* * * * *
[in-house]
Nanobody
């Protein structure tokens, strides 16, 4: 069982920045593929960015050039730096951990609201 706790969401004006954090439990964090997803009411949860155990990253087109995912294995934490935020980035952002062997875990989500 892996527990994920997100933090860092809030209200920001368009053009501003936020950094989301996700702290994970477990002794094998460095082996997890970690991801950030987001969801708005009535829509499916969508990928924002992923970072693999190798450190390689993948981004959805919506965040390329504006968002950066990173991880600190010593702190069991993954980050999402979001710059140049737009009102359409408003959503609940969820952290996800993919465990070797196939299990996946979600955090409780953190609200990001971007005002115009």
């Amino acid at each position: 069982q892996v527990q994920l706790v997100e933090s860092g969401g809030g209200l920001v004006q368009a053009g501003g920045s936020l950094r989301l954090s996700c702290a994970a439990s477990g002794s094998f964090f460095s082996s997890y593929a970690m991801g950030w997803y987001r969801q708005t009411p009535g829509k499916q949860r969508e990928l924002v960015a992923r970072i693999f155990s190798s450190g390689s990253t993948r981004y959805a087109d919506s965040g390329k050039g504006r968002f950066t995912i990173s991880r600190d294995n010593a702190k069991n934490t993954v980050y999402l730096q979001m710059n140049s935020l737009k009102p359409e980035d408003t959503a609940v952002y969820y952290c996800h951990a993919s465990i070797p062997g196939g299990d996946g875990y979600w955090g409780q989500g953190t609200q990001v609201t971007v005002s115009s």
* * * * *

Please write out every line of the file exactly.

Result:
[in-house]
Nanobody
């Protein structure tokens, strides 16, 4: 069982920045593929960015050039730096951990609201 706790969401004006954090439990964090997803009411949860155990990253087109995912294995934490935020980035952002062997875990989500 892996527990994920997100933090860092809030209200920001368009053009501003936020950094989301996700702290994970477990002794094998460095082996997890970690991801950030987001969801708005009535829509499916969508990928924002992923970072693999190798450190390689993948981004959805919506965040390329504006968002950066990173991880600190010593702190069991993954980050999402979001710059140049737009009102359409408003959503609940969820952290996800993919465990070797196939299990996946979600955090409780953190609200990001971007005002115009």
């Amino acid at each position: 069982q892996v527990q994920l706790v997100e933090s860092g969401g809030g209200l920001v004006q368009a053009g501003g920045s936020l950094r989301l954090s996700c702290a994970a439990s477990g002794s094998f964090f460095s082996s997890y593929a970690m991801g950030w997803y987001r969801q708005t009411p009535g829509k499916q949860r969508e990928l924002v960015a992923r970072i693999f155990s190798s450190g390689s990253t993948r981004y959805a087109d919506s965040g390329k050039g504006r968002f950066t995912i990173s991880r600190d294995n010593a702190k069991n934490t993954v980050y999402l730096q979001m710059n140049s935020l737009k009102p359409e980035d408003t959503a609940v952002y969820y952290c996800h951990a993919s465990i070797p062997g196939g299990d996946g875990y979600w955090g409780q989500g953190t609200q990001v609201t971007v005002s115009s």